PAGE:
Group exhibition by Conservation Council of New Brunswick supporters in partnership with International Centre of Art for Social Change looks at challenges of climate change and the power of people to make a difference
Unceded and unsurrendered Wolastoqey/Mi’kmaq/Peskotomuhkati territory/Fredericton — The Conservation Council is pleased to showcase the work of its innovative community art project in an exhibition at the UNB Art Centre from March 7 to April 18.
From Harm to Harmony: The Healing Power of Nature is a group exhibition featuring works by citizens across New Brunswick from varying backgrounds and disciplines united in a desire to inspire positive change through art.
The exhibition is a result of the Conservation Council’s partnership with the International Centre of Art for Social Change as part of the FUTURES/forward mentorship program.
For the past two months, participants met online with project facilitator Juliana Bedoya, educator and community-based environmental artist, to transform their concerns for climate change impacts and environmental challenges into artwork to inspire positive change and action on climate solutions.
By creating awareness about environmental concerns, particularly in our home province, the group wishes to move beyond the negative impacts to find a way forward and encourage positive social change.
From Harm to Harmony: The Healing Power of Nature will be on view in the East Gallery March 7- April 18 in the UNB Art Centre at Memorial Hall on the UNB Fredericton campus. Another exhibition, Trees for Life by Nova Scotia artist Nancy Stevens, will be on view in the West Gallery.
About the facilitator
Located in British Columbia, Juliana Bedoya has facilitated a variety of community engagement projects bringing awareness to environmental issues through education and social practise. As part of the Something Collective she has developed different projects including We Are Here and Our Footprint at various community centres in Vancouver where participants grew living moss graffiti murals as part of a community mapping project. With Through the Eye of the Needle she guided an international exploration with two schools in West Vancouver and Colombia on the impact of fast fashion on the environment. Along with community art projects she has worked as a curator and Gallery Manager at ArtStarts in Schools in Vancouver, served as the Community Arts Supervisor at the Ferry Building Gallery, and was selected for an artist’s residency for the Incubator Project that was part of the Park Board’s Fieldhouse Activation Program of the City of Vancouver. Juliana Bedoya brings a wealth of experience and commitment to New Brunswick in her role as facilitator for this project.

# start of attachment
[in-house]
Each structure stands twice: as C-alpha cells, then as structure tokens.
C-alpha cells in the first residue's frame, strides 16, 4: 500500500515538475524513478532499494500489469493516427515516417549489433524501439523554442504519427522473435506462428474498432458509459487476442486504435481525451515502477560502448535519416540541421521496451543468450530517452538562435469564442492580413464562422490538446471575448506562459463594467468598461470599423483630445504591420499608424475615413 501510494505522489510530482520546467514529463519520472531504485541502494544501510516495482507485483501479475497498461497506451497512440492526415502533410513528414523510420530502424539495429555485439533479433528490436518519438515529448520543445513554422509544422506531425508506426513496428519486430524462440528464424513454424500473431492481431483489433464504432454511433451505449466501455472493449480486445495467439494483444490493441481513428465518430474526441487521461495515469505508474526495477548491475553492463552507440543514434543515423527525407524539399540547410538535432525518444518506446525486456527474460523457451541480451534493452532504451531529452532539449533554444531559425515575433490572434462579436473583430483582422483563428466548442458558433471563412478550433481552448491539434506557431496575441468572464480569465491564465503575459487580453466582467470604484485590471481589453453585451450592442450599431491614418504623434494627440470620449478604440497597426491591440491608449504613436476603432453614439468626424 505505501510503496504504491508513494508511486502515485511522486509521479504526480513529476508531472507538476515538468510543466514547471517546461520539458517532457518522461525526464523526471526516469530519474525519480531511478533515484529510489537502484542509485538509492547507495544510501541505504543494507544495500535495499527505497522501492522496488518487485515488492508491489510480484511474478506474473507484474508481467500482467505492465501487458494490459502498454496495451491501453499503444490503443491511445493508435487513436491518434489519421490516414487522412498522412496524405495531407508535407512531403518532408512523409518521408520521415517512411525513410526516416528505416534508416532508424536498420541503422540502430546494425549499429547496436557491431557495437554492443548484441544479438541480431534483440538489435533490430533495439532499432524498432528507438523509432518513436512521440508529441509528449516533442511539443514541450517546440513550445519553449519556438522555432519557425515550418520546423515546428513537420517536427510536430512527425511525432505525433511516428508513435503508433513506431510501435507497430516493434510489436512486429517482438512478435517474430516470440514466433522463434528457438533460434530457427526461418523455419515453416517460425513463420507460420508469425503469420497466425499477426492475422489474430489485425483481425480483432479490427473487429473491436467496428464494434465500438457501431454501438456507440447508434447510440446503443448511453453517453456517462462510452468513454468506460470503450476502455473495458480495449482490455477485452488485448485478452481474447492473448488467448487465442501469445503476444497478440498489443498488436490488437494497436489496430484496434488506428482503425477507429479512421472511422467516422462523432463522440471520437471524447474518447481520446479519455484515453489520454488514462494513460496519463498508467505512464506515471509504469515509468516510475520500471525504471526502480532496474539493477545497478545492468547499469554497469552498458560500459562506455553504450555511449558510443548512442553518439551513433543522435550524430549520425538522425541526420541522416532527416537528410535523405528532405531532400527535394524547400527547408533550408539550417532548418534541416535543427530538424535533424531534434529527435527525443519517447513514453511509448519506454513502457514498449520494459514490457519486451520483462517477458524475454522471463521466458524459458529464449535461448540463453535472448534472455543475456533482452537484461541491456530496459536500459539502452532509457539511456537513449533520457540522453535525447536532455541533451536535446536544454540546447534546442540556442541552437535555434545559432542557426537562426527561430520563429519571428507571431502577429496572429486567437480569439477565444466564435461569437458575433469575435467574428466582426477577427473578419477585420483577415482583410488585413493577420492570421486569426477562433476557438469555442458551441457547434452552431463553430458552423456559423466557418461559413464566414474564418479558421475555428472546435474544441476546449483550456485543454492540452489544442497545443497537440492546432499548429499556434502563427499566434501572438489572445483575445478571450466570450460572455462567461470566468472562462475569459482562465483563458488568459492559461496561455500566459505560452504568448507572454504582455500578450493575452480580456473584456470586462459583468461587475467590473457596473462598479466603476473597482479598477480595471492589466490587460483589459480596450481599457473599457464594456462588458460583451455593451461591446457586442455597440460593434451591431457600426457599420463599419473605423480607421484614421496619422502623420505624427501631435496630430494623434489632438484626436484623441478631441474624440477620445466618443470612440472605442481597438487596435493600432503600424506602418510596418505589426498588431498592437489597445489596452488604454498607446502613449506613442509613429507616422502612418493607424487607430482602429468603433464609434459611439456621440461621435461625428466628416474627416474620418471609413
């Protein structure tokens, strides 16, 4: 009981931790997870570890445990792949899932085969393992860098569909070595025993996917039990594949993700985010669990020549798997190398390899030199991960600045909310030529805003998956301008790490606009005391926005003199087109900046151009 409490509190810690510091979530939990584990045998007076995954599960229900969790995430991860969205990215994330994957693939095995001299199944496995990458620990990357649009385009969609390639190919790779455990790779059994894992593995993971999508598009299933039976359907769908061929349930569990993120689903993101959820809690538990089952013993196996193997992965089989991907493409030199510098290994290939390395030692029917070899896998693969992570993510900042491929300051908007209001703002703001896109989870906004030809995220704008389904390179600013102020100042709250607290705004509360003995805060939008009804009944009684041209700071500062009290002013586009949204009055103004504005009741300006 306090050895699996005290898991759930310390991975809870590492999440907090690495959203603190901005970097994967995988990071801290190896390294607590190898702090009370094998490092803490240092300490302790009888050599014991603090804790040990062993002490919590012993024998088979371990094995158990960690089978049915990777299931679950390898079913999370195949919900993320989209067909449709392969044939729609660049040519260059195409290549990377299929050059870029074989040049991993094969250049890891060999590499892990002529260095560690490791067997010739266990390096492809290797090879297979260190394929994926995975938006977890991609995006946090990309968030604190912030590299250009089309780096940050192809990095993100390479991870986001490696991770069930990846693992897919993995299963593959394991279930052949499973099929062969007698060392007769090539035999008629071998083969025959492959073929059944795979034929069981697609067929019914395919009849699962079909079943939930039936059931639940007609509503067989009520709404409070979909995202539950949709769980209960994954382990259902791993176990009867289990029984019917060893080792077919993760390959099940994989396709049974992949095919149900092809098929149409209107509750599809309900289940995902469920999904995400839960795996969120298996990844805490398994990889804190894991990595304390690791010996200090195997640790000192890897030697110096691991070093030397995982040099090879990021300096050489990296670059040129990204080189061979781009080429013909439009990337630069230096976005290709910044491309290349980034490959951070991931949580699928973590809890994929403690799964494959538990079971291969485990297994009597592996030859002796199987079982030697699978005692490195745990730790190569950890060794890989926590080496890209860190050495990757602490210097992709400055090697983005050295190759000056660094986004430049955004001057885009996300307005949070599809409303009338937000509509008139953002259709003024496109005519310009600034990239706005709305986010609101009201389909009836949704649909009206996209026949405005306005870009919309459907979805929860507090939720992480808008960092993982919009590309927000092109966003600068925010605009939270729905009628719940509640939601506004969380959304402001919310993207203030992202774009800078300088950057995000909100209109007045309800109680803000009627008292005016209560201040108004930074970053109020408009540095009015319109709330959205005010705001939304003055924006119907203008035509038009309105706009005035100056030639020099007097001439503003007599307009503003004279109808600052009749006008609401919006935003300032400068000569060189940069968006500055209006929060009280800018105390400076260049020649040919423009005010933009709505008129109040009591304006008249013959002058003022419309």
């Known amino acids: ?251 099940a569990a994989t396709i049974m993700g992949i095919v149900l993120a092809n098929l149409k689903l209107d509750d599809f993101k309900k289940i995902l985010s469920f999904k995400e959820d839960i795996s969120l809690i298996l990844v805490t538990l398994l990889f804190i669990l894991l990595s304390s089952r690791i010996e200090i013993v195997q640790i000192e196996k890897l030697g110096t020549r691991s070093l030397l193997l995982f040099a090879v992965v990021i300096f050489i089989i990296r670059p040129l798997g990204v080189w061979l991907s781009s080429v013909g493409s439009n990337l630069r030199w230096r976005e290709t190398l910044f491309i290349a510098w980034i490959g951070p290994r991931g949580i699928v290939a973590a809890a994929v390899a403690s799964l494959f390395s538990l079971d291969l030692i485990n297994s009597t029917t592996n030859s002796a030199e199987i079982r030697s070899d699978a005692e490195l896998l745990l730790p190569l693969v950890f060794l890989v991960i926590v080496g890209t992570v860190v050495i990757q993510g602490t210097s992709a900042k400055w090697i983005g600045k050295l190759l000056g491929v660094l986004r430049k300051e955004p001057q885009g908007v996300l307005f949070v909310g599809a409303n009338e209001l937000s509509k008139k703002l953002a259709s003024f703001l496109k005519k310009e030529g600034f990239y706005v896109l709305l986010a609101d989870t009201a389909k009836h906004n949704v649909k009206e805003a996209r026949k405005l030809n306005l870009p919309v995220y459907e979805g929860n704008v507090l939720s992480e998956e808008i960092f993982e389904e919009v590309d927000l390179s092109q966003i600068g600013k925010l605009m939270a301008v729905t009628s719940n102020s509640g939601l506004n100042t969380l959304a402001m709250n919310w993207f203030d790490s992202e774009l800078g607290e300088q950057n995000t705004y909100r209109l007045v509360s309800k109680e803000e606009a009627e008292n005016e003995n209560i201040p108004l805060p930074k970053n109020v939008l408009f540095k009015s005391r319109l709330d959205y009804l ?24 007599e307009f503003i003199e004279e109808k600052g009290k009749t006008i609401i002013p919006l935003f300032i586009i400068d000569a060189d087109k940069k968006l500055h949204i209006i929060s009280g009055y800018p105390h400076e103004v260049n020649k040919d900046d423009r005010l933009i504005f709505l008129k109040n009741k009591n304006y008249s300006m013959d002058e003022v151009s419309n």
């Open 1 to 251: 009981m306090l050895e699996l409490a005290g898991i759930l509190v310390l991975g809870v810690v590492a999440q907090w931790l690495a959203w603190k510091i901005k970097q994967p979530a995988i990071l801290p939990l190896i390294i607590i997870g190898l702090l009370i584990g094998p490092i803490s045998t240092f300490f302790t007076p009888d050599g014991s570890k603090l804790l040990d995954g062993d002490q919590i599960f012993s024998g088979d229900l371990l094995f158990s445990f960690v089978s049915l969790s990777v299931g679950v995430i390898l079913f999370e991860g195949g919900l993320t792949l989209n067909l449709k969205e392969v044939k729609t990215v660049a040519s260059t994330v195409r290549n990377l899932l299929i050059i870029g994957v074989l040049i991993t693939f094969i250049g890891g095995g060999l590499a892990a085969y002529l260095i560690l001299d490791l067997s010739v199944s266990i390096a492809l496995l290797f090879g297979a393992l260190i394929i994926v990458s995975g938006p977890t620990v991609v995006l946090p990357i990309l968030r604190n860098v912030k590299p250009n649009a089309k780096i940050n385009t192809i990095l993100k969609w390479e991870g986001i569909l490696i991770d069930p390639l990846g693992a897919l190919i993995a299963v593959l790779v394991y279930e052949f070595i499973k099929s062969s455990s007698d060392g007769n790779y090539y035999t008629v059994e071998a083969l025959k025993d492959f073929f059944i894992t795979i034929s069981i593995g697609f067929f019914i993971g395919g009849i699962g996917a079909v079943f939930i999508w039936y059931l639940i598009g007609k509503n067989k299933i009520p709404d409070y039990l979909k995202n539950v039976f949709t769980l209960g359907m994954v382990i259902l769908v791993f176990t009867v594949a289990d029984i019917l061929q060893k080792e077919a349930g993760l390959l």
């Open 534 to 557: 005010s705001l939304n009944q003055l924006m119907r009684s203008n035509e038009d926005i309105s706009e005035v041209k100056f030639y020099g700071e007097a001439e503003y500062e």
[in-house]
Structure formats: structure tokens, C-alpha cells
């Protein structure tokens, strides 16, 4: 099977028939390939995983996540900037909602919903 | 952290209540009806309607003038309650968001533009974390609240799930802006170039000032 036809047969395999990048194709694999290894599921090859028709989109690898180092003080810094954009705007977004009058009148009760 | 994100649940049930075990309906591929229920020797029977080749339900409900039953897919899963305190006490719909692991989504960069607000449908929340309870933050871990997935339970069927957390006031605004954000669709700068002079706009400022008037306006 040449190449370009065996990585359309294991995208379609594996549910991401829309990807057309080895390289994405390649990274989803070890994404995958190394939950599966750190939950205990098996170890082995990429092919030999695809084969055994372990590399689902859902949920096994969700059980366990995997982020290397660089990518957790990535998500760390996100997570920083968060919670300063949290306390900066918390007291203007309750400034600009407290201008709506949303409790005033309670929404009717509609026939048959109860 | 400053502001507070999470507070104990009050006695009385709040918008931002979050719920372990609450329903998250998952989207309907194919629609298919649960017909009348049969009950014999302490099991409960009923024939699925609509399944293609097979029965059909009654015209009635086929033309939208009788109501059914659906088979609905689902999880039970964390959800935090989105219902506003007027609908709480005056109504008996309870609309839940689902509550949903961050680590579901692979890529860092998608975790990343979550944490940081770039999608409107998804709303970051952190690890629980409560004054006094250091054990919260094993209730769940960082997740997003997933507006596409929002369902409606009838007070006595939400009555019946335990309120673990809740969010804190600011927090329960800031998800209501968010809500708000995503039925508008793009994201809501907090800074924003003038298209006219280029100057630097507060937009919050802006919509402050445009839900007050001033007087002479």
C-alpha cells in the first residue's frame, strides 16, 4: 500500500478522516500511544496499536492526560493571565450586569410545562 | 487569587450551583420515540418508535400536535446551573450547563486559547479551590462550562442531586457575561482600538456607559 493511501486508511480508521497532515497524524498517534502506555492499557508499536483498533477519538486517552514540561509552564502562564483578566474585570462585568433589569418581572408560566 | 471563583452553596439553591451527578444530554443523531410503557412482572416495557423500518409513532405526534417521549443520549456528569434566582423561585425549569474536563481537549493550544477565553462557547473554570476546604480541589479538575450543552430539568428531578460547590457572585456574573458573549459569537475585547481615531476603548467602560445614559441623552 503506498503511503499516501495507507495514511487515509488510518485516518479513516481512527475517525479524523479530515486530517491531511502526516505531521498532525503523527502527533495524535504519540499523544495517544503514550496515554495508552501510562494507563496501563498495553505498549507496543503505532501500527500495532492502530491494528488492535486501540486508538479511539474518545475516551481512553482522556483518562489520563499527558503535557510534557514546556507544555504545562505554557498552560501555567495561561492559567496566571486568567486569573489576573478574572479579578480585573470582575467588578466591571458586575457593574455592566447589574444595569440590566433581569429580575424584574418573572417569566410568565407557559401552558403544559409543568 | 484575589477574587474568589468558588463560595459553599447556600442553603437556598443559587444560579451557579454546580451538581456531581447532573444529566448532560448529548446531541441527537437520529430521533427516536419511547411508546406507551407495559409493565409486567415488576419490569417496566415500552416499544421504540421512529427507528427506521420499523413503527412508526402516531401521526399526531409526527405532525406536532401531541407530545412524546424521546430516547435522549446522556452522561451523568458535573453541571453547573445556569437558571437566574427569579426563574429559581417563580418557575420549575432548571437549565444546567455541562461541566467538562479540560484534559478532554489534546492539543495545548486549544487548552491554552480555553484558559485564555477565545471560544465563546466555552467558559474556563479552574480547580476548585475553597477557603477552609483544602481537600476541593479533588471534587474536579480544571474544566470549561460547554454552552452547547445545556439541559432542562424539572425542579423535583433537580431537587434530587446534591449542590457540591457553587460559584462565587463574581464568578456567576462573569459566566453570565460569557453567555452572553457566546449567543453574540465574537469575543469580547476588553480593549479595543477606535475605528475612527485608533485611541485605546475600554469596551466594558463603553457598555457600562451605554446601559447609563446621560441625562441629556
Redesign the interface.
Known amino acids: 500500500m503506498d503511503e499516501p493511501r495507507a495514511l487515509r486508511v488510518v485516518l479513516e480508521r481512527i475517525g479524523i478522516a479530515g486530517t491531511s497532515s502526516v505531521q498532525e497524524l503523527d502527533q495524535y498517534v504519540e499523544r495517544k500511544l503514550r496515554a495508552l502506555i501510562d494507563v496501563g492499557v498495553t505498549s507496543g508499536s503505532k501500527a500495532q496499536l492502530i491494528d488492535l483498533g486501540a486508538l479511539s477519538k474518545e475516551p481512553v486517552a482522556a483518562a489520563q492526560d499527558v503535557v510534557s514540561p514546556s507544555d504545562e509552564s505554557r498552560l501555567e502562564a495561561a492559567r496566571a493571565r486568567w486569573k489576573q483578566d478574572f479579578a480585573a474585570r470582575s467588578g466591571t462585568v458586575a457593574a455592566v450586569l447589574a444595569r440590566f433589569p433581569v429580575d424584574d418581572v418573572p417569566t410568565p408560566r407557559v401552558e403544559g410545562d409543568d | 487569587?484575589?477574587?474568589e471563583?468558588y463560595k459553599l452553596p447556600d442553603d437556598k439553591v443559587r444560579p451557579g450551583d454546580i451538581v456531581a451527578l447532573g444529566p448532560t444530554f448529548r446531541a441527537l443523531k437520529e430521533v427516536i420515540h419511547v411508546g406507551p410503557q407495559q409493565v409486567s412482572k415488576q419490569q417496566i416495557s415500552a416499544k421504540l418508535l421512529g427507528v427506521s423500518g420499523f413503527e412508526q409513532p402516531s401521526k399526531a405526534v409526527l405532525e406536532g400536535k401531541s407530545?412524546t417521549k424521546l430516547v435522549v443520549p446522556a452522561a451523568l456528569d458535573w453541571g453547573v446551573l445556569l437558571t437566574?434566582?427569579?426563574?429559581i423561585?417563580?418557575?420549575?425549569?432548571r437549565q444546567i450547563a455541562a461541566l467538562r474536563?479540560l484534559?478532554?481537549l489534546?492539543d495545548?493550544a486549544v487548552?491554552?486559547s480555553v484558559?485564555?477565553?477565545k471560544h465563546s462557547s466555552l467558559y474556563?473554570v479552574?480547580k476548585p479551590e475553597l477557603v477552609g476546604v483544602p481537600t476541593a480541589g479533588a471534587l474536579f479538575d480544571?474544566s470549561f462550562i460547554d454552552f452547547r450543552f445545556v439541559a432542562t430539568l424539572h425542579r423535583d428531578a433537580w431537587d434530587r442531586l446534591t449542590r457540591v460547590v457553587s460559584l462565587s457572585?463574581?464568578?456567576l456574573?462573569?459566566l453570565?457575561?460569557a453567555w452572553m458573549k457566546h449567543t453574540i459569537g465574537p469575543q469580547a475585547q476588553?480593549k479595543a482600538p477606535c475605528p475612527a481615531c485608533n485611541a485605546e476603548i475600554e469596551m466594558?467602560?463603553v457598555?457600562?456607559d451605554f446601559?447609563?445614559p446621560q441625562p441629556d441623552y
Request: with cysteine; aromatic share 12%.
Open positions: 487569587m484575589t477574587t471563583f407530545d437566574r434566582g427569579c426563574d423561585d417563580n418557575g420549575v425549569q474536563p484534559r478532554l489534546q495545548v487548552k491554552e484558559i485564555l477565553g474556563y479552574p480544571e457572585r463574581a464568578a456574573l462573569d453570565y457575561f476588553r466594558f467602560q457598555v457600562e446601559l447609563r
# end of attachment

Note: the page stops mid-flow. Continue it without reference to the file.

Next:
Juliana Bedoya’s artist-in-residency with the Conservation Council of New Brunswick is part of FUTURES/forward, a mentorship program that embeds community-engaged artists in organisations to enhance and empower social change agendas. FUTURES/forward is generously funded by the McConnell Foundation, the Government of Canada’s Emergency Community Support Fund and Community Foundations of Canada. FUTURES/forward is an initiative of the International Centre of Art for Social Change (ICASC) and Judith Marcuse Projects (JMP), an arts organization with a 40-year history in Canada and abroad and a pioneer in the field of community-engaged art for social change (ASC).
Fred Harrison and Grade 9 Students from the Sussex Regional High School
Josephine Savarese in collaboration with Dirk Groenenberg and the AK newcomer family. Thanks to Gary Weekes and Sara Miller for filming support.
For more information or to arrange an interview, contact:
Jon MacNeill, Communications Director, Conservation Council of New Brunswick, email@example.com | 506-238-3539